Talk of the Town

Tribute to local legend

- This tribute was compiled from eulogies by Danny Wepener’s son, Dale, his brother Eddie and colleague in agricultur­e and the Bathurst Show Frik van Rooyen

Danny Wepener April 16 1950 October 18 2022

Danny Wepener was born in Brakpan on the

East Rand, the youngest after brothers Eddie and Lawrence, and matriculat­ed as vice head boy at Brakpan High, having achieved in football, water polo and athletics. In those days, South African Airways was a proud and profession­ally operated organisati­on, and that’s where he qualified as an aircraft mechanic.

Danny married and started a family in his early 20s. They left city life for the Eastern Cape, for the sake of a better lifestyle. Danny commuted to OR Tambo (then Jan Smuts) airport where he worked as a senior flight engineer for SAA. When SAA dropped the three-man crew operating Boeing 747s, he retired. By 2004, he had completed just short of 15,000 hours operationa­l flying time – most of it internatio­nal, on the 747.

Even though he had travelled so much, he couldn’t sit still and was always exploring new places and experience­s in his old blue Land Rover, known as “Sergeant Skorro”.

He was resourcefu­l, always had a plan for everything, and was always willing to use his skills to help others. Sociable and with a great sense of humour, he was liked and respected in the community that he came to call home over the next 40 years.

Danny Wepener was an important role player in organised agricultur­e. He served as chair of the Eastern Border Farmers Associatio­n and represente­d farmers on the Roads Forum, Albany and Bathurst District Union, and the CPF.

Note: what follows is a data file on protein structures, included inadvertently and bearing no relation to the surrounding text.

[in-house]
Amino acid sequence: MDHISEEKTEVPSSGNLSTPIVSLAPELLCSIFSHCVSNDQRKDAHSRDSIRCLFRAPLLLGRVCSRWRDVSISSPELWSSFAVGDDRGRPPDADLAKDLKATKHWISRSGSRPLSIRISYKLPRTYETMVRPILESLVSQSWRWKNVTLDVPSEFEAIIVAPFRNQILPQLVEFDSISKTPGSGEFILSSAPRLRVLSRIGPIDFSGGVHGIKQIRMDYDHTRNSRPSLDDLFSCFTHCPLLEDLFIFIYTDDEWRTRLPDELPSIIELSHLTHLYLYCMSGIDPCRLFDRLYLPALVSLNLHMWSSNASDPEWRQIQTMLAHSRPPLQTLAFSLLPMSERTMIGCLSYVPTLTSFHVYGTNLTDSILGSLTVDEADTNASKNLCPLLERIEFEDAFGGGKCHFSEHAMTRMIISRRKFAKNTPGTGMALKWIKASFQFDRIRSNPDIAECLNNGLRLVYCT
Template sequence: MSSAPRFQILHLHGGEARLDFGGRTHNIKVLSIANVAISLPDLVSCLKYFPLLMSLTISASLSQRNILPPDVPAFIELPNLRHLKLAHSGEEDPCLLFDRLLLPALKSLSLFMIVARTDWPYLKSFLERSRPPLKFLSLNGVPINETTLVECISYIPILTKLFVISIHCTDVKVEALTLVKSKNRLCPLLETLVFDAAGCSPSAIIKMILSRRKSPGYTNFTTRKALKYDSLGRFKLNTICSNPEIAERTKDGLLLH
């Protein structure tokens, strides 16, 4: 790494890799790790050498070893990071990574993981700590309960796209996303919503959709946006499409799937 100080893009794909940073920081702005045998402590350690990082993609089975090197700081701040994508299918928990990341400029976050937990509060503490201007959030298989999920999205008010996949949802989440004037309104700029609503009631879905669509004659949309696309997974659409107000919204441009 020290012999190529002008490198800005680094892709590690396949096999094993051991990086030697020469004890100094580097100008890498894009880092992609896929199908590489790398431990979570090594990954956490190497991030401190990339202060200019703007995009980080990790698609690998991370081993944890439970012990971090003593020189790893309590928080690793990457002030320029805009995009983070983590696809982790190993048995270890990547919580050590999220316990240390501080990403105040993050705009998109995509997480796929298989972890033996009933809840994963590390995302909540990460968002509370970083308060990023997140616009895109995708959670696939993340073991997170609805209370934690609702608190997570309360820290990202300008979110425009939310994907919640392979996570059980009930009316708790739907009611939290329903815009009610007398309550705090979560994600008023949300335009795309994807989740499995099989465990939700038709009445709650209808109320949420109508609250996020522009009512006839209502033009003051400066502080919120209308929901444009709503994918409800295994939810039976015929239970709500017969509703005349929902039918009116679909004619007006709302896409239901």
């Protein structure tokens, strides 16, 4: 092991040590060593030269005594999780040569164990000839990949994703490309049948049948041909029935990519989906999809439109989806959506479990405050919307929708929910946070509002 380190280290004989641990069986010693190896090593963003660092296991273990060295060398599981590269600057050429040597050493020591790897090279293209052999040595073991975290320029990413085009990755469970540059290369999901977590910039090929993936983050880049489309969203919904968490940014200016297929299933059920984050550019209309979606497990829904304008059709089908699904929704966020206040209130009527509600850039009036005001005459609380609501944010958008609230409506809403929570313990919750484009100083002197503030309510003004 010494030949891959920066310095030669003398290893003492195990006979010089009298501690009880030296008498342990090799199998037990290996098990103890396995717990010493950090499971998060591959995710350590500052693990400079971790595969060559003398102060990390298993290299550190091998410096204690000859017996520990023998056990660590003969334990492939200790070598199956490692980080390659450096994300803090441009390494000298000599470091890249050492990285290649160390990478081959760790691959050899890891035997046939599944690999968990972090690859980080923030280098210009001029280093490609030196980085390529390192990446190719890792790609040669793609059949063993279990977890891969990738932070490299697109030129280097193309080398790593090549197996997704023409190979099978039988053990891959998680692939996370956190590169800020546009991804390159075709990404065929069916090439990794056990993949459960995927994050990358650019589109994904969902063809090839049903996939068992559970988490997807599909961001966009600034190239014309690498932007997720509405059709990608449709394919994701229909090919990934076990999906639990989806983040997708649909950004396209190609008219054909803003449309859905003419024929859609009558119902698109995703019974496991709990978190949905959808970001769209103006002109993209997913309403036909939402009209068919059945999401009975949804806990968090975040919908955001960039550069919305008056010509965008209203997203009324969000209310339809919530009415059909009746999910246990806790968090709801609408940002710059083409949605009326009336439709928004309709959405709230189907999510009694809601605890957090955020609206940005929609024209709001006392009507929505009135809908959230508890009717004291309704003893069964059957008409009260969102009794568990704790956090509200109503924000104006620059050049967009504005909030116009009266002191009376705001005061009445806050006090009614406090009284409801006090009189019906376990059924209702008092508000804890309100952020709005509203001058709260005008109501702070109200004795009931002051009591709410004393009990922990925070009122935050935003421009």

He was a great ambassador for the Bathurst and Shaw Park communitie­s.

In 2014 Danny was elected president of the Bathurst Show – the first “uitlander” in the show’s history to represent it. He spent much of his time at the showground­s and used his own machinery and tractors to keep it clean and neat.

The Bathurst Show was and still is the biggest and most prestigiou­s agricultur­al show in the Eastern Cape and Danny played a major role in that. He would leave no stone unturned to make the show a success. His commitment and longterm aim for the show was to make sure there was a legacy.

Danny’s parents were in the dairy business. This and frequent family trips to the Kruger National Park nurtured his love for the veld. His love for fishing grew from deep-sea fishing trips to Mozambique with his dad and he told his own children many stories of the game fish and massive sharks they wrestled at Inhaca Island.

Danny took every opportunit­y to be in the wild and when he went to visit his son Dale at their game reserve near Hluhluwe, he would spend a night or two in the room prepared for him before pitching his tent in the garden near the fence, under an acacia tree. He like to sleep hearing the night sounds and see the sunrise.

The night Dale received the call from the hospital to say his dad wasn’t well, the bush was very noisy – “lions, calling, hyenas making a racket, elephant in the dam nearby and hippos snorting occasional­ly”.

“But when the dawn was approachin­g things went quiet. I knew something was wrong so I went to stand near the fence in the dark where he used to pitch his tent,” Dale said.

“In the stillness before the dawn I noticed a movement just outside the fence and took a step or two closer to see what it was.

“There was a lioness walking slowly past about 15m from me. As I stepped towards here, she paused and turned and looked at me and then walked on into the darkness.

“I believe he came to say goodbye.”

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